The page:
The legends of the Lipan Apache tell of emergence places, sacred ceremonies and the mythic heroes and monsters that fought in the underworld.
Remnants of these stories, told in vibrant pictures, appear in Paint Rock, Texas, where a 70-foot cliff on privately owned land contains 1,500 pictographs. The pictures stretch for a half-mile on limestone walls on the banks of the Concho River.
The site, called “significant” by the archaeologists who study it, was listed on the National Register of Historic Places in 1971. But this place holds personal significance to Bernard Barcena, chairman of the Lipan Apache Tribe of Texas. This is where Barcena traces his legacy.
“That site is sacred to us,” he said. “That area is part of our creation story, where God came and brought forth life.”
At Paint Rock, the Lipan Apache also recorded their modern history: arrival from the Great Plains in the early 1600s, establishment of a tribal identity and epic battles with the Comanche after which the Lipan corpses were “left in piles like leaves.” In the 1750s, the Spanish established the first mission dedicated to converting the Lipan to Christianity, and in the ensuing years, the Lipan battled smallpox along with human enemies.
In the late 19th century, armies from the United States and Mexico began forcing the Lipan onto reservations, often grouping them with the Mescalero Apache. The remaining Lipan made a permanent home in the southern tip of Texas, where they continue to petition for federal recognition—relying, in part, on their oral and written histories.
“Our history is written on the rocks,” Barcena said. “We are not the only people who used those rocks, but you can see our stories.”
In fact, as many as 300 different tribes made their homes at Paint Rock and the art is believed to span 12,000 years, dating to nomadic Paleo-Indian people. The Lipan Apache, who camped along the bluffs in the 1600s, probably picked the location for the same reasons as their predecessors: protection from the elements, a vantage point to watch for enemies and a reliable source of water.
But Lipan Apache and other tribes’ stories also tell of an intimate relationship with the cosmos, of comets and eclipses, constellations and the changing position of the sun. Among the pictographs at Paint Rock are drawings that, once per year, align perfectly with the sun’s rays—evidence of ancient astronomical calculations.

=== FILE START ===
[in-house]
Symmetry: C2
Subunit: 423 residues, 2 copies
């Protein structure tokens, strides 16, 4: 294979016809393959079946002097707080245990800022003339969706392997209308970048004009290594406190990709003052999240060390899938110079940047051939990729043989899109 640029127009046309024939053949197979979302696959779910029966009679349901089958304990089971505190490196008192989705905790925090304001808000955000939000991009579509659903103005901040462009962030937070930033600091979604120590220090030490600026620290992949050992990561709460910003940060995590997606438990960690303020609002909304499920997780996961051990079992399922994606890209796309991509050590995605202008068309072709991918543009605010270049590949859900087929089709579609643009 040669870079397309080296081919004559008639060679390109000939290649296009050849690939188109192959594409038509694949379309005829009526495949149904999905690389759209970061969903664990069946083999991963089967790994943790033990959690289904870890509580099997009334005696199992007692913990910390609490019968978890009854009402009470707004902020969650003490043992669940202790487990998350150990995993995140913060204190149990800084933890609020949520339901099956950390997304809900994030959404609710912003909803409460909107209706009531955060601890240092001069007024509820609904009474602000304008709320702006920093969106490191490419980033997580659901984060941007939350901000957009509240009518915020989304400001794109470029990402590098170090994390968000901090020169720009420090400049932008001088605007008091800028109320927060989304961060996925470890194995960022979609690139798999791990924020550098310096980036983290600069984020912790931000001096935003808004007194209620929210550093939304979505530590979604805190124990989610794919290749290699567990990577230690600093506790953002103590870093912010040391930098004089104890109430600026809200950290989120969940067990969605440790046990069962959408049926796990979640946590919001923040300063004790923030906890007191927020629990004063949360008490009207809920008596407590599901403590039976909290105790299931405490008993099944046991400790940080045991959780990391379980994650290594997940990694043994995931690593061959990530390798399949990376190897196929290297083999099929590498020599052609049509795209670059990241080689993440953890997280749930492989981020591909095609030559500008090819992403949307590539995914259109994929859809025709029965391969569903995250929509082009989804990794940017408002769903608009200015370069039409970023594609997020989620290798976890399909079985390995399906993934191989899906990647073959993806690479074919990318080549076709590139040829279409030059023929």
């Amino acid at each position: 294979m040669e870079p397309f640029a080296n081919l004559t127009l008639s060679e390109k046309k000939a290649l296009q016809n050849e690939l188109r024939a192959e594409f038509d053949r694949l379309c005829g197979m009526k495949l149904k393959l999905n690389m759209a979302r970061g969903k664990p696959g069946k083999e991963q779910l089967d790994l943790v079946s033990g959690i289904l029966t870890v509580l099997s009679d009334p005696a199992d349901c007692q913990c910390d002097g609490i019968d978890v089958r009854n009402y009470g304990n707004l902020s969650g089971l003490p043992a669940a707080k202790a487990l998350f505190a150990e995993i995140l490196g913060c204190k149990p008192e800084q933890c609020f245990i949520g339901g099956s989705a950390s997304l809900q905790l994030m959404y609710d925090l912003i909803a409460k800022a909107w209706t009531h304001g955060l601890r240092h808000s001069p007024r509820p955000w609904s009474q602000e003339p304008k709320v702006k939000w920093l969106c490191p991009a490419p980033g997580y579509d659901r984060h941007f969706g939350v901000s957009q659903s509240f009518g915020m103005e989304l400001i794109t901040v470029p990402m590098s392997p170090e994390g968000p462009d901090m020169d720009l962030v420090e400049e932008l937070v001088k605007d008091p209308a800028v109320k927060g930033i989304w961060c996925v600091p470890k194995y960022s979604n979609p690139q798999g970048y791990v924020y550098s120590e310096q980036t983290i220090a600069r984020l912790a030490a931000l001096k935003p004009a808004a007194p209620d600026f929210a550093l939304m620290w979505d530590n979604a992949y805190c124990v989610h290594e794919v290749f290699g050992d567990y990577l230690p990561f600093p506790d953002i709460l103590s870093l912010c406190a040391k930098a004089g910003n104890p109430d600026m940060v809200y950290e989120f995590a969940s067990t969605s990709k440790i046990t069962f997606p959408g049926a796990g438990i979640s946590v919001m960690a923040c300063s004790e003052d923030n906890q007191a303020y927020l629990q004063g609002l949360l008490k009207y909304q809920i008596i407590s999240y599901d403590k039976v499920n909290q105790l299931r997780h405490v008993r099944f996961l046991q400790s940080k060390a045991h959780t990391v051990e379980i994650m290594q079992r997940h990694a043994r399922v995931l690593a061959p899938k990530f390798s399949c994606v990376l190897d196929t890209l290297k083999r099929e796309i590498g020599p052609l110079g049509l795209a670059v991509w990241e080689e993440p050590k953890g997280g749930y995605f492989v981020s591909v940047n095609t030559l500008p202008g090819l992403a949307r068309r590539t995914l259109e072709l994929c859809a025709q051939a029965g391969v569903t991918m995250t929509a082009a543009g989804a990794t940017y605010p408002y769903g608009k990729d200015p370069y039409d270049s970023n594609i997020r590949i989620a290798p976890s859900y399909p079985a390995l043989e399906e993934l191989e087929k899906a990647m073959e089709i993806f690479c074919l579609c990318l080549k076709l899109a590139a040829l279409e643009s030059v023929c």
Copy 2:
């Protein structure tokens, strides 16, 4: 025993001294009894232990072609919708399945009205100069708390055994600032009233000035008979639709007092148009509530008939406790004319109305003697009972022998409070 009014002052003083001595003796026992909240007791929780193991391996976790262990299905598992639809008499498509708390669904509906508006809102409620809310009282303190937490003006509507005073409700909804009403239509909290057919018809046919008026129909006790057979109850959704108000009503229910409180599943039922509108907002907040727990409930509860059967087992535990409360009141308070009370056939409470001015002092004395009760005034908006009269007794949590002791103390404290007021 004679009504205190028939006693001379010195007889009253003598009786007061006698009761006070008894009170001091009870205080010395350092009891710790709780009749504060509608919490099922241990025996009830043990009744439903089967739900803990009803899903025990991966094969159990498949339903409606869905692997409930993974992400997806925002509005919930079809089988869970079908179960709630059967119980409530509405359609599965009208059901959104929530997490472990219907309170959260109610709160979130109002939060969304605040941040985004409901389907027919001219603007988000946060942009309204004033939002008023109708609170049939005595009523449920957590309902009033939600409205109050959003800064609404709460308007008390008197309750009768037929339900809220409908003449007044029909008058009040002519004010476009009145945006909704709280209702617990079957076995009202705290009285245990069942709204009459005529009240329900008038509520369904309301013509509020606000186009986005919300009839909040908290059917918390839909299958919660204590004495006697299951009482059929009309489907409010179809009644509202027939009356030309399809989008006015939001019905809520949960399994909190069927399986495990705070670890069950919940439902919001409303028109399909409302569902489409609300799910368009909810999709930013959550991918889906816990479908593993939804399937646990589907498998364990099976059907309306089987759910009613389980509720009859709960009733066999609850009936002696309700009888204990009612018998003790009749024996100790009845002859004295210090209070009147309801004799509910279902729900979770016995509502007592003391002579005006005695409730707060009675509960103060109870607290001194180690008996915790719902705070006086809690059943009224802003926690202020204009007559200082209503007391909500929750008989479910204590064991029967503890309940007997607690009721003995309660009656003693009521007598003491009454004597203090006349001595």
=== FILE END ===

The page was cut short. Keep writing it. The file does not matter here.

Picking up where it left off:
For example, every winter solstice at noon, a dagger of sunlight punctures the center of a picture of a turtle. Every summer solstice at noon, the same thing happens with another pictograph, said Kay Campbell, owner of the ranch where the pictographs are located.
Campbell’s grandfather, a would-be professor researching nomads of the Southern Plains, happened on the pictographs in the 1870s. After determining that about one-quarter of the pictographs had been vandalized, the man shelved his dream of being a professor and instead purchased 15,000 acres of land to help protect the site.
Now 89, Campbell grew up on the ranch. A child of the Great Depression, she fancied herself an amateur archaeologist and spent her childhood accompanying visiting intellectuals who sometimes traveled great distances to view the pictographs. But it wasn’t until the 1990s when Campbell, then a retired teacher, stumbled on the solar markers.
“I was in my 60s by then, and I thought I knew everything about these pictures,” she said. “When I retired, I wanted to spend even more time with these pictographs, and I began to notice there were certain lines of light that seemed to interact with the paintings on certain days.”
Campbell called in some experts and together they discovered more paintings with connections to the sun. Diagonal rays illuminate specific pictographs at the spring and fall equinoxes, and researchers found additional evidence of complex, ceremonial paintings that interact with the sun on the summer and winter solstices.
The pictographs quickly became a tourist attraction, said Campbell, who leads groups of schoolchildren, researchers or sightseers along the limestone cliffs year-round. Her busiest days are solstice and equinox, when people come from all over the world to see sunlight play with ancient paintings.
“I think this really contradicts what people assume about Native Americans,” Campbell said. “People think pictographs are savage markings, but when you really look at this you understand that this is communication rather than art.”
The discoveries came as no surprise to Barcena, who said oral Lipan stories are full of “astronomical symbolism.” For example, the ancient ancestors could predict solar eclipses, he said, and many stories told today reference a comet that flew across the sky every 500 years.
“Our people had correspondence with the heavens,” he said. “We believe that the knowledge we have of the cosmos we got directly from the people who brought it from the stars.”